Intel® oneAPI Math Kernel Library
Ask questions and share information with other developers who use Intel® Math Kernel Library.
6883 Discussions

How does reordering affects locality in the cluster sparse solver?

Hi, I'm using the Intel MKL cluster sparse solver in version 2019.3 with Intel MPI library 2018.5 to solve the sparse symmetric systems occuring in a levenberg-marquardt algorithm for solving large non-linear least squares problems. Therefore, I use the distributed matrix input form iparm[39]=3 and the distributed parallel nested dissection and symbolic factorization iparm[1]=10. Since the matrix to be factorized and solved against becomes too large to fit on every computer, only those parts which are provided to the cluster sparse solver are also computed and allocated locally. Currently, the order of the rows is not particularly controlled, however, since the distributed input to the cluster sparse solver needs to be in subranges of the rows per computer. the row-ranges are determined with the goal to balance the nnz in the matrix on each computer. The question is: How does the reordering effects the locality of the rows on different computers? Or, in other words: Does an unlucky initial order of the rows and hence the local part of the distributed matrix on every computer increases the need of communication and memory consumption? And if so, is it possible to use the permutation-matrix from the analysis phase or any other method to permutate the rows/cols such that locality is improved (communication need and memory consumption is reduced)?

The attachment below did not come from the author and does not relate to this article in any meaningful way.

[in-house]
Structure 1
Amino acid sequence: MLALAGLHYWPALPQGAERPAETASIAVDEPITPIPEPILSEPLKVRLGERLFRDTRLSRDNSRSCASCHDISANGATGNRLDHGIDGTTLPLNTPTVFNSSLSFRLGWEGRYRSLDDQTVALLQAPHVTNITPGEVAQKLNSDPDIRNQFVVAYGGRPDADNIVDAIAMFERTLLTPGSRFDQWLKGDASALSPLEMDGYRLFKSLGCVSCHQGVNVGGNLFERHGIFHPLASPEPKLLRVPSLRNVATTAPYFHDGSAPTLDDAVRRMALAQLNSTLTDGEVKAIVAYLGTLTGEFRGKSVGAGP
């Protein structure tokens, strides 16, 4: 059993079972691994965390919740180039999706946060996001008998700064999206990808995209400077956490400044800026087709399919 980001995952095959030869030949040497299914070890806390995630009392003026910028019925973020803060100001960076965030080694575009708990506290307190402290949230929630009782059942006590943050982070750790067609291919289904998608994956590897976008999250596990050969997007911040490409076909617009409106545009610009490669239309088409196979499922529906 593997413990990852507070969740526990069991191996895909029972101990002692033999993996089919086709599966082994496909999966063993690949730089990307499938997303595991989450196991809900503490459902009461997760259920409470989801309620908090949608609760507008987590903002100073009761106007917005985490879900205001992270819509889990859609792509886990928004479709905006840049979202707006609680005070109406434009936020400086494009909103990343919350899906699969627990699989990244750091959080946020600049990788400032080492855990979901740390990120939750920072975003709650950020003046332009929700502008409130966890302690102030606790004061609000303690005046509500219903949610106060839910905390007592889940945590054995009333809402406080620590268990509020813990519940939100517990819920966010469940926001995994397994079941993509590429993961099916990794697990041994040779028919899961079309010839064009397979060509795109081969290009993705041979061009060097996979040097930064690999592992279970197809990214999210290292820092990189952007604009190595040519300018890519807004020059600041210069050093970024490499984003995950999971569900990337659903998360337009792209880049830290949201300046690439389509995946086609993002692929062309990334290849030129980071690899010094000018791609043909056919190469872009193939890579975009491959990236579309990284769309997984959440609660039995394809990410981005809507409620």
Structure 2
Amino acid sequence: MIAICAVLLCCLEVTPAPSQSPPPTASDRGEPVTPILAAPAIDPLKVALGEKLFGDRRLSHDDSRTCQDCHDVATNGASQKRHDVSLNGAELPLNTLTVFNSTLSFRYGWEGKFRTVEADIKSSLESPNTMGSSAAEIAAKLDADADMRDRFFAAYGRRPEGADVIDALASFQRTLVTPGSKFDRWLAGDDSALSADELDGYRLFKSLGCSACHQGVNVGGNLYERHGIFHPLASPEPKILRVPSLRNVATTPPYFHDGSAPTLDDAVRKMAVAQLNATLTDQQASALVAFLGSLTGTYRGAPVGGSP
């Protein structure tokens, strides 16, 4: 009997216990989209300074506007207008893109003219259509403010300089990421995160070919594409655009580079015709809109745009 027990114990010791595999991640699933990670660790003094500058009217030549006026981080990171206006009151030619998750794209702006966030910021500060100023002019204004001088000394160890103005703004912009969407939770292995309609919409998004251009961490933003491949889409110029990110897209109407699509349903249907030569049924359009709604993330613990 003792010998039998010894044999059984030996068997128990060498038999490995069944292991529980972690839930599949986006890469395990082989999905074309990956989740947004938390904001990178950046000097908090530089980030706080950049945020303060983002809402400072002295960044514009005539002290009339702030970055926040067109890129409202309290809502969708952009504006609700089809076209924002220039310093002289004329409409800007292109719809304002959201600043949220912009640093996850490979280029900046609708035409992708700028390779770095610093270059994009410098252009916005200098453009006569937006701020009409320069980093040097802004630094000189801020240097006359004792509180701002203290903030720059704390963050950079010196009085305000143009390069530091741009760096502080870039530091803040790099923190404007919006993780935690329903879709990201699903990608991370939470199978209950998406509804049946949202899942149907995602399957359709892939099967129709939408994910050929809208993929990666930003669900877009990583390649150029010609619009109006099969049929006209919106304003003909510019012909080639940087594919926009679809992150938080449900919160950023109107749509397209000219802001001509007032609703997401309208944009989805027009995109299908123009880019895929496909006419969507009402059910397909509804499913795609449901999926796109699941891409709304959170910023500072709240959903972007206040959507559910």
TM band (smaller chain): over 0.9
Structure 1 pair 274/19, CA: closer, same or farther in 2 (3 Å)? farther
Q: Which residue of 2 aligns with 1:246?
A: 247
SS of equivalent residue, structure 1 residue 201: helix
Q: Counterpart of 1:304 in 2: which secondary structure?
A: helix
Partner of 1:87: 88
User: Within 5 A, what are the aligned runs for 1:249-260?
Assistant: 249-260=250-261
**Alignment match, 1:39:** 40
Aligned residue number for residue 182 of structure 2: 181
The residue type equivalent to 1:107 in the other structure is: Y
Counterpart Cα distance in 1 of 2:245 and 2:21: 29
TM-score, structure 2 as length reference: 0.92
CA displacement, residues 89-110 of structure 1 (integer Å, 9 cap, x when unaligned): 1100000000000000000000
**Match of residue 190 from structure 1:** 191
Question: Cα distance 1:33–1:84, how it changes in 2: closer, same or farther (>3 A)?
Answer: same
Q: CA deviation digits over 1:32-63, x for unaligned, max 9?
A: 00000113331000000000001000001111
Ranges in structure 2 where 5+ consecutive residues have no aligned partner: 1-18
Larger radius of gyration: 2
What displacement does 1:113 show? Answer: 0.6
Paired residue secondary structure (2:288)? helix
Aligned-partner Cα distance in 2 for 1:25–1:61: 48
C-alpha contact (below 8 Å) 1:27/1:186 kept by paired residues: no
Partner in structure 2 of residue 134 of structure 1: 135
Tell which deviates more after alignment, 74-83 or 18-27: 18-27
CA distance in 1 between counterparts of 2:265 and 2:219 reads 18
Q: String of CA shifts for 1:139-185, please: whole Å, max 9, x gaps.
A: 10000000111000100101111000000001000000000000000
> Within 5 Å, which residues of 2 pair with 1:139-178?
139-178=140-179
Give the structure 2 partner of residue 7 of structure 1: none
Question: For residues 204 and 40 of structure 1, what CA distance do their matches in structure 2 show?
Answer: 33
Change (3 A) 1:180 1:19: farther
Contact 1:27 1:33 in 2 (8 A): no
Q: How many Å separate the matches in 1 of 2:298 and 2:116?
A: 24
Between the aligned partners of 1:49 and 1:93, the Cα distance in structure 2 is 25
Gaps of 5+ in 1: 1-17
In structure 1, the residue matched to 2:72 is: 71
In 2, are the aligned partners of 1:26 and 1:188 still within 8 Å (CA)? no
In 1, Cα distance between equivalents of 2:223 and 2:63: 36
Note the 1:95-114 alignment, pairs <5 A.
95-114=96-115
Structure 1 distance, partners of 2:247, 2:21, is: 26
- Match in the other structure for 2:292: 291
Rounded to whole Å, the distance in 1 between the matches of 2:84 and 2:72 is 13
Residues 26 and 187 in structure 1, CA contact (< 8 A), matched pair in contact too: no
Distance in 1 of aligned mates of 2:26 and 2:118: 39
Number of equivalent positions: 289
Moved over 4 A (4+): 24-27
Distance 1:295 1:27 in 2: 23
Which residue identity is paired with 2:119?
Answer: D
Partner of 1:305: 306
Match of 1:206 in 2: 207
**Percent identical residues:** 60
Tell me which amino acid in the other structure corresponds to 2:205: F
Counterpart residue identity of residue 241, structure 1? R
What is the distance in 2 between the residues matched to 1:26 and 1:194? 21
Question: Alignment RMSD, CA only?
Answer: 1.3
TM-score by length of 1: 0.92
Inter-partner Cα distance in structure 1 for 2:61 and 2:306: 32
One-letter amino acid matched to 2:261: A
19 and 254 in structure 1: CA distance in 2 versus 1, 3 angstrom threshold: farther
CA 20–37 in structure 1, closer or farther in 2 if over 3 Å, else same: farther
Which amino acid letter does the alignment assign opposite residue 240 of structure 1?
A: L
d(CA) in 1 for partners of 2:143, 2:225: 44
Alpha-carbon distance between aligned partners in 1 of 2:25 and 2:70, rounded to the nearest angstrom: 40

0 Kudos
1 Reply


Your question is quite broad but I will try to address it.

First, internal memory transfers do depend on how the initial matrix is distributed among processes. Though it is hard to predict whether communication will decrease or increase with the changes. The goal of reordering in general is to reduce fill-in, so the algorithm tries to decrease the overall memory consumption.

Second, I don't think that using the permutation returned from the analysis phase can affect performance of the entire functionality since presumably the main efforts will still be spent in the factorization and solving.

Third, your questions are quite theoretical, and we have complicated internal algorithms which are handling those thus it is hard to give any decisive answers. Is there any practical reason behind your questions? If you run our Cluster Sparse Solver, do you face any problems with memory consumption / performance / scaling?


0 Kudos